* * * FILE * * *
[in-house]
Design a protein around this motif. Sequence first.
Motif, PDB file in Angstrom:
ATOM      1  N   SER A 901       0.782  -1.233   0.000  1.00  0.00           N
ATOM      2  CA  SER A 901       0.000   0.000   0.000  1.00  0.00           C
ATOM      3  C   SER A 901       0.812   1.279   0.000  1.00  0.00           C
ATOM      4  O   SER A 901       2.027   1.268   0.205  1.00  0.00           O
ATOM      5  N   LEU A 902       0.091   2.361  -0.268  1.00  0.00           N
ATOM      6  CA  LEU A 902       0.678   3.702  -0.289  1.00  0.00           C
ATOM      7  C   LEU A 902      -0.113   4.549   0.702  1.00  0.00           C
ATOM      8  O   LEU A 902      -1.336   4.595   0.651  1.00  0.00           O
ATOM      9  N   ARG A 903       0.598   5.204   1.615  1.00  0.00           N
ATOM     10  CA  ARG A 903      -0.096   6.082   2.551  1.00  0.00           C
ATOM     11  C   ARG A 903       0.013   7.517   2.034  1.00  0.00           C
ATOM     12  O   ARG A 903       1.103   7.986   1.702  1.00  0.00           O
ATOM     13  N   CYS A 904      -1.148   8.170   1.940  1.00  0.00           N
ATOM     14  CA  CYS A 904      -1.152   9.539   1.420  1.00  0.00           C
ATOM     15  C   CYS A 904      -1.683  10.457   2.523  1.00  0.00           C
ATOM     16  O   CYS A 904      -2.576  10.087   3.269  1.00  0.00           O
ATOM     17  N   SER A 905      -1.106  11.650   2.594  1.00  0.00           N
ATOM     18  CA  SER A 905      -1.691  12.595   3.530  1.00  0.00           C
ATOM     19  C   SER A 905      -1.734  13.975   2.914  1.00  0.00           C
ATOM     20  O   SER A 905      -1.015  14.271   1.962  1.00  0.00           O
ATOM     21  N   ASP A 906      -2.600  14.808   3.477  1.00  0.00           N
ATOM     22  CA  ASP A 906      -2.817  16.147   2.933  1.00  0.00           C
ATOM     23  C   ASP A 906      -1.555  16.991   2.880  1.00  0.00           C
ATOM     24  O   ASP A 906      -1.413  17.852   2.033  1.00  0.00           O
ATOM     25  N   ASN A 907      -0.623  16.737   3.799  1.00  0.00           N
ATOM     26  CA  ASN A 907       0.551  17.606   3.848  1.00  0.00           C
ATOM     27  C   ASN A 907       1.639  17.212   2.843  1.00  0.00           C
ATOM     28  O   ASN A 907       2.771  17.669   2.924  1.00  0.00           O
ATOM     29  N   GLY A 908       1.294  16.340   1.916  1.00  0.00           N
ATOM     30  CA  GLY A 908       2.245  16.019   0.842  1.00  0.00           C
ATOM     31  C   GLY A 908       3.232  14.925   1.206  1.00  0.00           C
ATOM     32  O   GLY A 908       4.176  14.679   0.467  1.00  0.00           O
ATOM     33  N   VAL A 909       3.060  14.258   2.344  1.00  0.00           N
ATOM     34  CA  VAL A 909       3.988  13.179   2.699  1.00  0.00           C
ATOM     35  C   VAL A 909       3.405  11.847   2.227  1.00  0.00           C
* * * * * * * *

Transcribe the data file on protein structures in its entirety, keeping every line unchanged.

[in-house]
Design a protein around this motif. Sequence first.
Motif, PDB file in Angstrom:
ATOM      1  N   SER A 901       0.782  -1.233   0.000  1.00  0.00           N
ATOM      2  CA  SER A 901       0.000   0.000   0.000  1.00  0.00           C
ATOM      3  C   SER A 901       0.812   1.279   0.000  1.00  0.00           C
ATOM      4  O   SER A 901       2.027   1.268   0.205  1.00  0.00           O
ATOM      5  N   LEU A 902       0.091   2.361  -0.268  1.00  0.00           N
ATOM      6  CA  LEU A 902       0.678   3.702  -0.289  1.00  0.00           C
ATOM      7  C   LEU A 902      -0.113   4.549   0.702  1.00  0.00           C
ATOM      8  O   LEU A 902      -1.336   4.595   0.651  1.00  0.00           O
ATOM      9  N   ARG A 903       0.598   5.204   1.615  1.00  0.00           N
ATOM     10  CA  ARG A 903      -0.096   6.082   2.551  1.00  0.00           C
ATOM     11  C   ARG A 903       0.013   7.517   2.034  1.00  0.00           C
ATOM     12  O   ARG A 903       1.103   7.986   1.702  1.00  0.00           O
ATOM     13  N   CYS A 904      -1.148   8.170   1.940  1.00  0.00           N
ATOM     14  CA  CYS A 904      -1.152   9.539   1.420  1.00  0.00           C
ATOM     15  C   CYS A 904      -1.683  10.457   2.523  1.00  0.00           C
ATOM     16  O   CYS A 904      -2.576  10.087   3.269  1.00  0.00           O
ATOM     17  N   SER A 905      -1.106  11.650   2.594  1.00  0.00           N
ATOM     18  CA  SER A 905      -1.691  12.595   3.530  1.00  0.00           C
ATOM     19  C   SER A 905      -1.734  13.975   2.914  1.00  0.00           C
ATOM     20  O   SER A 905      -1.015  14.271   1.962  1.00  0.00           O
ATOM     21  N   ASP A 906      -2.600  14.808   3.477  1.00  0.00           N
ATOM     22  CA  ASP A 906      -2.817  16.147   2.933  1.00  0.00           C
ATOM     23  C   ASP A 906      -1.555  16.991   2.880  1.00  0.00           C
ATOM     24  O   ASP A 906      -1.413  17.852   2.033  1.00  0.00           O
ATOM     25  N   ASN A 907      -0.623  16.737   3.799  1.00  0.00           N
ATOM     26  CA  ASN A 907       0.551  17.606   3.848  1.00  0.00           C
ATOM     27  C   ASN A 907       1.639  17.212   2.843  1.00  0.00           C
ATOM     28  O   ASN A 907       2.771  17.669   2.924  1.00  0.00           O
ATOM     29  N   GLY A 908       1.294  16.340   1.916  1.00  0.00           N
ATOM     30  CA  GLY A 908       2.245  16.019   0.842  1.00  0.00           C
ATOM     31  C   GLY A 908       3.232  14.925   1.206  1.00  0.00           C
ATOM     32  O   GLY A 908       4.176  14.679   0.467  1.00  0.00           O
ATOM     33  N   VAL A 909       3.060  14.258   2.344  1.00  0.00           N
ATOM     34  CA  VAL A 909       3.988  13.179   2.699  1.00  0.00           C
ATOM     35  C   VAL A 909       3.405  11.847   2.227  1.00  0.00           C